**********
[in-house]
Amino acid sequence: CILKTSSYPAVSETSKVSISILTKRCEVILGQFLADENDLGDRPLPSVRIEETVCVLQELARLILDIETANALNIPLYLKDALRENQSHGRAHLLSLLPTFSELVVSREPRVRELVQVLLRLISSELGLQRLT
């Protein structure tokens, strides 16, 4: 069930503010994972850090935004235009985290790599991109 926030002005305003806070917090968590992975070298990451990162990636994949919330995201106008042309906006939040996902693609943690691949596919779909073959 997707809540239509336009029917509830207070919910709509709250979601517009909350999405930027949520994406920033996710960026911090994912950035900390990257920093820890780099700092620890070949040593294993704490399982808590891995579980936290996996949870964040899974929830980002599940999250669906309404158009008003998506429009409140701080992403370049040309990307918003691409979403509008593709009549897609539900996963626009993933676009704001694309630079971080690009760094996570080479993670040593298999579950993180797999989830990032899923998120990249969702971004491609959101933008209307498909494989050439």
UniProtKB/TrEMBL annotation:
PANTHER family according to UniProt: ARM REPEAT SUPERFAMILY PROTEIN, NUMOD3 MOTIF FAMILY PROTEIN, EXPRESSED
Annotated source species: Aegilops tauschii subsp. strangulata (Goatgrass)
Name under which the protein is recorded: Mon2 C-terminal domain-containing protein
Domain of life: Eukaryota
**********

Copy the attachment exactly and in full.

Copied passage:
[in-house]
Amino acid sequence: CILKTSSYPAVSETSKVSISILTKRCEVILGQFLADENDLGDRPLPSVRIEETVCVLQELARLILDIETANALNIPLYLKDALRENQSHGRAHLLSLLPTFSELVVSREPRVRELVQVLLRLISSELGLQRLT
């Protein structure tokens, strides 16, 4: 069930503010994972850090935004235009985290790599991109 926030002005305003806070917090968590992975070298990451990162990636994949919330995201106008042309906006939040996902693609943690691949596919779909073959 997707809540239509336009029917509830207070919910709509709250979601517009909350999405930027949520994406920033996710960026911090994912950035900390990257920093820890780099700092620890070949040593294993704490399982808590891995579980936290996996949870964040899974929830980002599940999250669906309404158009008003998506429009409140701080992403370049040309990307918003691409979403509008593709009549897609539900996963626009993933676009704001694309630079971080690009760094996570080479993670040593298999579950993180797999989830990032899923998120990249969702971004491609959101933008209307498909494989050439």
UniProtKB/TrEMBL annotation:
PANTHER family according to UniProt: ARM REPEAT SUPERFAMILY PROTEIN, NUMOD3 MOTIF FAMILY PROTEIN, EXPRESSED
Annotated source species: Aegilops tauschii subsp. strangulata (Goatgrass)
Name under which the protein is recorded: Mon2 C-terminal domain-containing protein
Domain of life: Eukaryota